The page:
The current generated by the photodiode 107 b is converted by a resistor 108 into a voltage value, which is buffered and amplified by an OP amplifier 109. The amplified value is then supplied to a controlling portion 105. The controlling portion 105 has a CPU 105 a and an A/D converter 105 b. The A/D converter 105 b converts an analog signal (light amount detection signal) input from the OP amplifier 109 into a digital signal. Based on that digital signal, the CPU 105 a adjusts the setting values of the minimum and maximum pulse width setting portions 103 and 104 so that the light amount of a beam emitted by the laser diode 107 a matches a target value.

FIG. 13 shows the relationship between the pulse width of a drive signal (pulse-width modulation signal) of the laser diode 107 a, and the light amount of a beam emitted by the laser diode 107 a. As the characteristics of the laser diode, the pulse width of a beam emitted by the laser diode becomes smaller than that of the drive signal. This is because laser oscillation occurs when the quantity of carriers inside the laser diode has exceeded a predetermined value due to a current supplied to the laser diode, and a certain time period is required until the quantity of carriers inside the laser diode exceeds the predetermined value. Such delay of laser emission is called an emission delay of laser, and is a cause of the pulse width reduction of the laser beam.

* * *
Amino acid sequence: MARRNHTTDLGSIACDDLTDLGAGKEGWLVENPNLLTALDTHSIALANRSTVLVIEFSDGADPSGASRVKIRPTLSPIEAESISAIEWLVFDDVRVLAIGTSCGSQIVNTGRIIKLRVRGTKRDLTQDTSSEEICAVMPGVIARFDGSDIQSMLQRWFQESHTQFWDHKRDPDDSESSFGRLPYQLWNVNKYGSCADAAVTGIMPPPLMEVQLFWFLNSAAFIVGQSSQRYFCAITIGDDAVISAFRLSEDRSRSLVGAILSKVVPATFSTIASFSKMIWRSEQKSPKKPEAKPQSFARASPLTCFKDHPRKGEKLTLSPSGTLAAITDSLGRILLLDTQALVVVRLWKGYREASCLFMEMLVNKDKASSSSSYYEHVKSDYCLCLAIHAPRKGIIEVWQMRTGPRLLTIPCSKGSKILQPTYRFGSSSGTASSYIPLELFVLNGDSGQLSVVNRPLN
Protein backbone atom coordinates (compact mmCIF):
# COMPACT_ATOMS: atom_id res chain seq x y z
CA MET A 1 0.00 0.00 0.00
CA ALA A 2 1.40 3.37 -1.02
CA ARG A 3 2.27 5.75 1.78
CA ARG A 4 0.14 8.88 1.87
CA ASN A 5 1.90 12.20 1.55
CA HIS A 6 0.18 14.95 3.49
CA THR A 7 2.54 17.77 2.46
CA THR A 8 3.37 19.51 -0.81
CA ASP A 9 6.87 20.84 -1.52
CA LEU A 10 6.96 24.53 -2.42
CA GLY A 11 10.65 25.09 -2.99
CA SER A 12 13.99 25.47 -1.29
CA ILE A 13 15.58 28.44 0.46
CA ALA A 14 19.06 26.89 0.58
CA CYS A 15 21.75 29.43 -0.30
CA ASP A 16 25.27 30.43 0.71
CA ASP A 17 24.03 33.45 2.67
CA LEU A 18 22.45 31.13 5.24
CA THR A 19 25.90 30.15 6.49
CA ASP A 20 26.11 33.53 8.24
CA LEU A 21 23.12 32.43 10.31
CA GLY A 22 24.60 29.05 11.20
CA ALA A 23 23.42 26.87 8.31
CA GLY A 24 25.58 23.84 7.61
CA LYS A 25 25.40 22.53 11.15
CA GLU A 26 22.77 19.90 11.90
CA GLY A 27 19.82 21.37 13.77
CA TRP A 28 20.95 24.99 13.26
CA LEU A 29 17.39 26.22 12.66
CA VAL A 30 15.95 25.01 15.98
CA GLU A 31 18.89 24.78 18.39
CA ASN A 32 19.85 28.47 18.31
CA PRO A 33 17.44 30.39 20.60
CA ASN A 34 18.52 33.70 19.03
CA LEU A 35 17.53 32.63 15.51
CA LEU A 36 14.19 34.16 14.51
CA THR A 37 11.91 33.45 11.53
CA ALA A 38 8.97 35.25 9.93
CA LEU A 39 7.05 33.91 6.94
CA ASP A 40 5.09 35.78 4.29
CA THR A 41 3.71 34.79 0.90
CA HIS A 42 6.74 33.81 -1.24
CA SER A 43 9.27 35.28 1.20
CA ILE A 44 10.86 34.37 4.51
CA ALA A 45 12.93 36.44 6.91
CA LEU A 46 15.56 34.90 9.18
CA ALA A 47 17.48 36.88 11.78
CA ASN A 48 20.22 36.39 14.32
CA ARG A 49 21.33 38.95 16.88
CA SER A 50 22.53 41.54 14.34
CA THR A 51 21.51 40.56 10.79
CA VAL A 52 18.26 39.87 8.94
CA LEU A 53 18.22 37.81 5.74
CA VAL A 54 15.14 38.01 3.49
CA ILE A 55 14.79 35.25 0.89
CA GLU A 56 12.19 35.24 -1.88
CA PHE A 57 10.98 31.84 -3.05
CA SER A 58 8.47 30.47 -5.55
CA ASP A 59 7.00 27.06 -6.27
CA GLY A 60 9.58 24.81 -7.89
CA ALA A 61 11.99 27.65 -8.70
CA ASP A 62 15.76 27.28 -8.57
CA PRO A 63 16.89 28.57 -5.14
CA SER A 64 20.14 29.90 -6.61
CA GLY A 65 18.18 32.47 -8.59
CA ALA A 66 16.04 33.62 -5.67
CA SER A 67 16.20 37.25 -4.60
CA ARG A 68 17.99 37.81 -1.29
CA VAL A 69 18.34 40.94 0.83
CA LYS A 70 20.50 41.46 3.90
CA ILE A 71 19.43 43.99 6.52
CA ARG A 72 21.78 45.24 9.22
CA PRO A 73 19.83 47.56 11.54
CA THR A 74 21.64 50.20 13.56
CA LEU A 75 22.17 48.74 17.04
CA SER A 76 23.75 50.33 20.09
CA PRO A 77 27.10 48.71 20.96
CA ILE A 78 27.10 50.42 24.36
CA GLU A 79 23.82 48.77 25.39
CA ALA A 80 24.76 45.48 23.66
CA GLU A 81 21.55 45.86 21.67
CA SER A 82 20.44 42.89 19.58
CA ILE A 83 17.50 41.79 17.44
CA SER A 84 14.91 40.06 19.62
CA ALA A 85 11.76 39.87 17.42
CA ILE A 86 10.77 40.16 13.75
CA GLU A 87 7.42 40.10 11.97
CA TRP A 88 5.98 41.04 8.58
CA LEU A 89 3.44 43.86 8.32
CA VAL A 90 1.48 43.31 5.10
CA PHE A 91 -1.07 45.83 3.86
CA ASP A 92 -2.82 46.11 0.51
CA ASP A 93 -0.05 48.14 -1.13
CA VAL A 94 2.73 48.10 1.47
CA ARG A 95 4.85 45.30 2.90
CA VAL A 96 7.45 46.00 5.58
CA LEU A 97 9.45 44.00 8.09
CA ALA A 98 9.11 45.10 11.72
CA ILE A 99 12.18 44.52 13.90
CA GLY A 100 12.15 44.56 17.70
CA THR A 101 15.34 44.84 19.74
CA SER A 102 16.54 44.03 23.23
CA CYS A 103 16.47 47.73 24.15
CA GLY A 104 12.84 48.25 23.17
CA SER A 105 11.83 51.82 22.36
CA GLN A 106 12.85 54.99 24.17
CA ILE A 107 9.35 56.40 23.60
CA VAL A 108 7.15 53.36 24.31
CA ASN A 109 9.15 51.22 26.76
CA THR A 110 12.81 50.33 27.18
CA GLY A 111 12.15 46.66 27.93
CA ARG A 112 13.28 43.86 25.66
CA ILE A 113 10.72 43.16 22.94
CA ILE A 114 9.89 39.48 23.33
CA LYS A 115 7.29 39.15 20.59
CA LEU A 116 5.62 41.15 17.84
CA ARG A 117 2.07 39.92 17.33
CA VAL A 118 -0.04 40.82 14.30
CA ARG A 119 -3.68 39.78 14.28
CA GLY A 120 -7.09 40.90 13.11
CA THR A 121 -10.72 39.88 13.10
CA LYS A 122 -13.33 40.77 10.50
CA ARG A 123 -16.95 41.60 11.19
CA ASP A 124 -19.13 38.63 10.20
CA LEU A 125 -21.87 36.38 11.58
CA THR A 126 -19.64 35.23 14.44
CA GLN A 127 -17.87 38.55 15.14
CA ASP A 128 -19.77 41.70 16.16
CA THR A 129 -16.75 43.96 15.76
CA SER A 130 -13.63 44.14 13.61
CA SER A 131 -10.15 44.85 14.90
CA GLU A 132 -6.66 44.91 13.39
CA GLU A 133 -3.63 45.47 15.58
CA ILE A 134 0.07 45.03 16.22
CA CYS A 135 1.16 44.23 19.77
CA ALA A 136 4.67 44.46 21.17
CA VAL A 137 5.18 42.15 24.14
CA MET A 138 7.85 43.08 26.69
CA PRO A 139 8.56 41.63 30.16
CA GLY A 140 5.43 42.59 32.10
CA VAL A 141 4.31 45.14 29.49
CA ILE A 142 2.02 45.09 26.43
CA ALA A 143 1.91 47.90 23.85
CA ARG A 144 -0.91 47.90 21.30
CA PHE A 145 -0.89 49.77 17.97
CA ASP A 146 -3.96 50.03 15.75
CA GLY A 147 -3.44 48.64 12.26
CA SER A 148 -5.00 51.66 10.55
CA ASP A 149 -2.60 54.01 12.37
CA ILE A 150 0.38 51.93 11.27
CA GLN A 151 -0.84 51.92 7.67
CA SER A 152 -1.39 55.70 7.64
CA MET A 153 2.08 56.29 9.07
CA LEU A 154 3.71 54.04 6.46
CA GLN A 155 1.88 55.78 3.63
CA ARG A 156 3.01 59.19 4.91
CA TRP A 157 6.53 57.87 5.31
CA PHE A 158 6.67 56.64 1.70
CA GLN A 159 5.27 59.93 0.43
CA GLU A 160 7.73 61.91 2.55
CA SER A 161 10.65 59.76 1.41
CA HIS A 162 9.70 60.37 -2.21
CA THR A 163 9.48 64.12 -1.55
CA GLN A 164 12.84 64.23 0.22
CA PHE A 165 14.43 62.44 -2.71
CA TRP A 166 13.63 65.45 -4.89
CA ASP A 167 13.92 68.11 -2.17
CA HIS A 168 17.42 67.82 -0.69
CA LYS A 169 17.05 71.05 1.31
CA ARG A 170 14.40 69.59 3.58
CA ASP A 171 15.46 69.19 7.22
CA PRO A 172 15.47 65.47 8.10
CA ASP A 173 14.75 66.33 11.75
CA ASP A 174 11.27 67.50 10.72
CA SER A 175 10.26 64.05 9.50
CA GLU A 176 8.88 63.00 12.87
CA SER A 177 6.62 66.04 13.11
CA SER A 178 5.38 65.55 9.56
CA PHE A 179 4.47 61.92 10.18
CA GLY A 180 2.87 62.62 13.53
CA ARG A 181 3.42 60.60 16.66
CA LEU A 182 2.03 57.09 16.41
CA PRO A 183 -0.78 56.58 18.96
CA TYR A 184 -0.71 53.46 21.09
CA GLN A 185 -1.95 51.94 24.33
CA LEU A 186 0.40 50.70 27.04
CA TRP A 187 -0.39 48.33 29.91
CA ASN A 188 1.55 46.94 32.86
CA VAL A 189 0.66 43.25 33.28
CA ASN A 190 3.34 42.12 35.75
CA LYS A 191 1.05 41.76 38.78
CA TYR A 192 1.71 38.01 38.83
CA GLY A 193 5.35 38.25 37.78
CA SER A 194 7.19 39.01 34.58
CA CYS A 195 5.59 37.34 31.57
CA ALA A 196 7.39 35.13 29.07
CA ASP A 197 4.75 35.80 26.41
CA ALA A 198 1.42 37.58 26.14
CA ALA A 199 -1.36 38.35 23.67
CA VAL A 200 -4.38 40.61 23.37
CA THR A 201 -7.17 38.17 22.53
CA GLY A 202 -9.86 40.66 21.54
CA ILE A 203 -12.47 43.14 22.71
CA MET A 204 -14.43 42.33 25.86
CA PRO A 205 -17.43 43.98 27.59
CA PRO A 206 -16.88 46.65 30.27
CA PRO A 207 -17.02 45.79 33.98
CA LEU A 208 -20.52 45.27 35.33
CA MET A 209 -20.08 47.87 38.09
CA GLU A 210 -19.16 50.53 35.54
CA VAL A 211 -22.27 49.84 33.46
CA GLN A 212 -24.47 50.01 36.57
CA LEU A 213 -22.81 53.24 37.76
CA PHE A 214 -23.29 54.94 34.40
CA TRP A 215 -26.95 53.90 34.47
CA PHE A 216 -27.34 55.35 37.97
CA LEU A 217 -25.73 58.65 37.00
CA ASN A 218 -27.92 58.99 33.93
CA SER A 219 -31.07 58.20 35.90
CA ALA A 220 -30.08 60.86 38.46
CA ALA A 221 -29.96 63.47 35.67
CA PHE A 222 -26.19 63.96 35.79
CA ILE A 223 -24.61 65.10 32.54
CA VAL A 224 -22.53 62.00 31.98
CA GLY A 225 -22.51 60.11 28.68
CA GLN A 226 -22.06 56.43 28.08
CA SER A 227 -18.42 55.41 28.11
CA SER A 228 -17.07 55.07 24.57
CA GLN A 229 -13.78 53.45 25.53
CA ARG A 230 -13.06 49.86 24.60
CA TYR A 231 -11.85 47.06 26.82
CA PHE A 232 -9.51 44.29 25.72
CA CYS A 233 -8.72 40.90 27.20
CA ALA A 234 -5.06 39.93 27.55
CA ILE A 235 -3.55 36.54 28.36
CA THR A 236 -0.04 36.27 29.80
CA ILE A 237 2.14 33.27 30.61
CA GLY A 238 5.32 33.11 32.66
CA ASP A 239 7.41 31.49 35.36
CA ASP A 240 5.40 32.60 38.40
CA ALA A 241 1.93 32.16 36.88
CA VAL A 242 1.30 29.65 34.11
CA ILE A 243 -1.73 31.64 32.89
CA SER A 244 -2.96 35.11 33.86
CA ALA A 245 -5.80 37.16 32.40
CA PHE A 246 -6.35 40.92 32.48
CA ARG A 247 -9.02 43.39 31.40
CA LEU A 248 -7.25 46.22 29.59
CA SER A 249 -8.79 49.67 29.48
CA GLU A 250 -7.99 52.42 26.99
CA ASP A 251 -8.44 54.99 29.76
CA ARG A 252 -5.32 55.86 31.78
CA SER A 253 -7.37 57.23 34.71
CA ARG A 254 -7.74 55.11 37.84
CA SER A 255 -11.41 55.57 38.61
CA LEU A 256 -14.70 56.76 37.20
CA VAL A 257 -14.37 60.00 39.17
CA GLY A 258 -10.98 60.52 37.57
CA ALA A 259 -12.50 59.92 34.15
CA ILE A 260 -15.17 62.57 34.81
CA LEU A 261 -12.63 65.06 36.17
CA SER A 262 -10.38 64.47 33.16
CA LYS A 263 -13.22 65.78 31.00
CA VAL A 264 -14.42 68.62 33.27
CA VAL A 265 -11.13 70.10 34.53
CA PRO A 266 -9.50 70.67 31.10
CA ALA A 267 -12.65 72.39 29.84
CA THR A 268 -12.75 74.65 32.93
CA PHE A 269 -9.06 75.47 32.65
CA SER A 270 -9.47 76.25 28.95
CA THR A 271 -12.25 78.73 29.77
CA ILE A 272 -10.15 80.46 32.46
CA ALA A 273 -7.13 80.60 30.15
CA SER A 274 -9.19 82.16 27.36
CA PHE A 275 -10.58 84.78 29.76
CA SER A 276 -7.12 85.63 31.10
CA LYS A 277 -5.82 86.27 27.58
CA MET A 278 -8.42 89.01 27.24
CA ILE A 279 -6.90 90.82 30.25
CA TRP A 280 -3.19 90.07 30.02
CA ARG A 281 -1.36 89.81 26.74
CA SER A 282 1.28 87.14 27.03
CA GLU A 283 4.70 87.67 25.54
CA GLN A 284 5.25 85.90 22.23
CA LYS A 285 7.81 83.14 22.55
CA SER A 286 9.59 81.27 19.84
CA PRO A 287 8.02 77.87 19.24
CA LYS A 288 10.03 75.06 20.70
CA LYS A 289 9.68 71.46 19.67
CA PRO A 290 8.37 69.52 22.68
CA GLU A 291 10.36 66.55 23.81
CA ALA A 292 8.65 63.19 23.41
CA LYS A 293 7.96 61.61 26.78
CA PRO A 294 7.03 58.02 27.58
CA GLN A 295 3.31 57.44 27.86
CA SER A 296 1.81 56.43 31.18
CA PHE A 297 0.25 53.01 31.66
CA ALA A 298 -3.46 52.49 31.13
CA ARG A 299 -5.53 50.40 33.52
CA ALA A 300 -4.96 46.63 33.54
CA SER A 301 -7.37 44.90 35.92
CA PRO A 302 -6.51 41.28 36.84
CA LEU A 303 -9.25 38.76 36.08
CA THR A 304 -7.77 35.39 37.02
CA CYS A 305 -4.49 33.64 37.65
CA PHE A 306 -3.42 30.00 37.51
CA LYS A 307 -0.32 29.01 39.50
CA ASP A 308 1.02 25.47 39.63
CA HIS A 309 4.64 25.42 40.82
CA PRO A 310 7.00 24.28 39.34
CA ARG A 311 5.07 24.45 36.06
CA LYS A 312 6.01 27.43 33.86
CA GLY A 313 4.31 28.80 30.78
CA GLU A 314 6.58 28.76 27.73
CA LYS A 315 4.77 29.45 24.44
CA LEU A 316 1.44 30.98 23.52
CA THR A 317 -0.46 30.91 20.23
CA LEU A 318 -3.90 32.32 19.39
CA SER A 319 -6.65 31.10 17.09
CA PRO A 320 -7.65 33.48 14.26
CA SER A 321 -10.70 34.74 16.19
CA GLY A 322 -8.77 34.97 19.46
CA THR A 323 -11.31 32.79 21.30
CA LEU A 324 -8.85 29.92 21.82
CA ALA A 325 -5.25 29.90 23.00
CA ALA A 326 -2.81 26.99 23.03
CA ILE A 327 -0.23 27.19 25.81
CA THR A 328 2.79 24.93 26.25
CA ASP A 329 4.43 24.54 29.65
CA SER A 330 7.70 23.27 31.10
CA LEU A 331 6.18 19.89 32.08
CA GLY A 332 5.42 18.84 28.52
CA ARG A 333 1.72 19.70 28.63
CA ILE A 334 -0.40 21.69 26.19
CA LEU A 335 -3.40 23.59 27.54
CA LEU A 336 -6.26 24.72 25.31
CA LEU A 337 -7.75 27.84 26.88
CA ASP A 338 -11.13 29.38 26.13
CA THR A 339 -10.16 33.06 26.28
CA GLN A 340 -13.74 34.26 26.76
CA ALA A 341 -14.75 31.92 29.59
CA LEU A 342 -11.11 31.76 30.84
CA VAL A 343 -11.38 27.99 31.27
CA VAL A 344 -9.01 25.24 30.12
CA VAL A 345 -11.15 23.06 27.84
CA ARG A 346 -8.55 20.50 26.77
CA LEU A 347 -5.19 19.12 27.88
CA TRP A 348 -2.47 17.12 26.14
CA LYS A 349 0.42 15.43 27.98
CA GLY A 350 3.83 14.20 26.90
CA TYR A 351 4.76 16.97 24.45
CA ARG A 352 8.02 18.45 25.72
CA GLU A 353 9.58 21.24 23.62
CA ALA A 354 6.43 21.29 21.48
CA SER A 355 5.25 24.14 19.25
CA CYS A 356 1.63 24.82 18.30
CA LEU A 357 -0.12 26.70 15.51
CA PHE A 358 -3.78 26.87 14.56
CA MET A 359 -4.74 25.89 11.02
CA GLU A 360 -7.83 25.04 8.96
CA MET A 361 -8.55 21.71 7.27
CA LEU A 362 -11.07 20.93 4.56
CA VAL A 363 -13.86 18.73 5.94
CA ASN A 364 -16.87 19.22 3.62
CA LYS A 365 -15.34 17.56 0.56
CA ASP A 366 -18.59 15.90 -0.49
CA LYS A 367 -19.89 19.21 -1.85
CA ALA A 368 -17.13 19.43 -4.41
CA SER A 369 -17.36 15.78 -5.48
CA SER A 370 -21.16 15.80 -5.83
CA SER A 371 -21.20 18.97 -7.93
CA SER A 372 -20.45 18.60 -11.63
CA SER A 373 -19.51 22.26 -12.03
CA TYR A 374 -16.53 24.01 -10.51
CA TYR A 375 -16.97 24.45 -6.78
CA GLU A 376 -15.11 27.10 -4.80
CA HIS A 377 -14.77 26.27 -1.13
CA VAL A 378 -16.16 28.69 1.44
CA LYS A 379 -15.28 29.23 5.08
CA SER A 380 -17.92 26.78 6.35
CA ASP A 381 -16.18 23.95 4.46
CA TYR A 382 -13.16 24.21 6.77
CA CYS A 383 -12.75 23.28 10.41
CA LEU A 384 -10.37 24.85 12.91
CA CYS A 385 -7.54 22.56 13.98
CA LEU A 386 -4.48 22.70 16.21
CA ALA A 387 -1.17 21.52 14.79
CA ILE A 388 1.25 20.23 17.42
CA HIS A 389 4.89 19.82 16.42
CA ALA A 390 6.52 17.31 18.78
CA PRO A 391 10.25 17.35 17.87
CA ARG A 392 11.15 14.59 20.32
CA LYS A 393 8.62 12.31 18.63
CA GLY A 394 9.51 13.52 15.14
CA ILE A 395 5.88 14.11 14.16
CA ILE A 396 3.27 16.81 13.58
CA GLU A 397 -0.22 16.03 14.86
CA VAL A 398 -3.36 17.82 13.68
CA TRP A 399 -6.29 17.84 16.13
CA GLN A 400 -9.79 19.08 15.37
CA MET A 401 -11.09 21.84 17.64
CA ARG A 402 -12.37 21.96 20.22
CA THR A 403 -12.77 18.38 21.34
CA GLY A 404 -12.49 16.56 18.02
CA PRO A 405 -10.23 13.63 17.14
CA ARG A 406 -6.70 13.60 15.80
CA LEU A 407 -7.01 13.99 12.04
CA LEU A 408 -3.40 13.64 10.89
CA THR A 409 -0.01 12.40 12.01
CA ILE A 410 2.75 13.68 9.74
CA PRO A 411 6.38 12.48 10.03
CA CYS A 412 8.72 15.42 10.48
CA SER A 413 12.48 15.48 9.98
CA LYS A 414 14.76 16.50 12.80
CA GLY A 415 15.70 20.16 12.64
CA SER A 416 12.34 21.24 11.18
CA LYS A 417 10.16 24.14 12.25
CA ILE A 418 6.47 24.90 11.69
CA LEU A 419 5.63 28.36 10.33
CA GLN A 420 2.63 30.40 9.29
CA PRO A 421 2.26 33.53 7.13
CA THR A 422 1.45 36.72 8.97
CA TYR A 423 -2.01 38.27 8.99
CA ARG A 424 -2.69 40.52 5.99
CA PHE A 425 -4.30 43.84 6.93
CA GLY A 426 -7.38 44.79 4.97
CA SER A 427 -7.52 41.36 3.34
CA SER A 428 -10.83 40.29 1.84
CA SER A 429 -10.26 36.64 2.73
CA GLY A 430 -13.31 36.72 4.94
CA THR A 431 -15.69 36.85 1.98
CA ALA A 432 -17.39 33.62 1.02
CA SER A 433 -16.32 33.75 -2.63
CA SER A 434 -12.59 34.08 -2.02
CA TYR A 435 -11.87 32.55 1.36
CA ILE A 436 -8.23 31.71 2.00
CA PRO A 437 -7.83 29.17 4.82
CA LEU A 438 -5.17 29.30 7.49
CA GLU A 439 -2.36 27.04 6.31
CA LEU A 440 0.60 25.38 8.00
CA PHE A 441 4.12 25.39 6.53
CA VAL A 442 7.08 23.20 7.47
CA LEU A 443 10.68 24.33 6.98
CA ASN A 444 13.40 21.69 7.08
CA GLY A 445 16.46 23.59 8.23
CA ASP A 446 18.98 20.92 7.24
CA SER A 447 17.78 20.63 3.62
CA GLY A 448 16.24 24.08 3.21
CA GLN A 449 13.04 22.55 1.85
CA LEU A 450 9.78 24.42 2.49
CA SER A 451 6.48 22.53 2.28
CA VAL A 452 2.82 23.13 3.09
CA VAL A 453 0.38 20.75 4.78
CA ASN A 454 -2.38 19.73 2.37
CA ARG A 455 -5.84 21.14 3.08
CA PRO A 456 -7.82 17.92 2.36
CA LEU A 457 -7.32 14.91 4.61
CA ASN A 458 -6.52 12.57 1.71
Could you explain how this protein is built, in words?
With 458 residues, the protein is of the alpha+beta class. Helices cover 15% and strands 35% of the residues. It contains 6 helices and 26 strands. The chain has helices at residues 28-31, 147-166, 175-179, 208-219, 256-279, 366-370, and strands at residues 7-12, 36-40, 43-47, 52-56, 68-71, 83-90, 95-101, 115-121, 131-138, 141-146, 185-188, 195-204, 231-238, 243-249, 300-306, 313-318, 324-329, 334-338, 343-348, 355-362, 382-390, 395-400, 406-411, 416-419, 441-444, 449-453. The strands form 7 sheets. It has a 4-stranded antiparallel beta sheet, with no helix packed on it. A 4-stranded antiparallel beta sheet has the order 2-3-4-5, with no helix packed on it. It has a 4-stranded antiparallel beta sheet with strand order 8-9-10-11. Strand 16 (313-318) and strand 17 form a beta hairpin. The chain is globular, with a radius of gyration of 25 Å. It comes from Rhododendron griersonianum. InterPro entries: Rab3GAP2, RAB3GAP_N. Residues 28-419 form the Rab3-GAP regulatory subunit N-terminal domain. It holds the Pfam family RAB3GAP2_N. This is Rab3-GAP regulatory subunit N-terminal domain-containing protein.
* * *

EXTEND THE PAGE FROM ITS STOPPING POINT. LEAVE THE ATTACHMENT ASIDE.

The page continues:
In order to obtain an emission waveform with an appropriate pulse width, the pulse width of the drive signal of the laser diode 107 a must be set to be larger than that of a desired emission waveform. This adjustment is called pulse width adjustment. For this reason, when the laser diode 107 a is driven based on 8-bit image data (i.e., 00(hex) to FF(hex)), the pulse width output from the pulse width modulating portion 102 is saturated at a value smaller than FF(hex). On the other hand, the light amount of light emitted by the laser diode 107 a increases abruptly and is saturated while the pulse of the pulse-width modulation signal reaches saturation.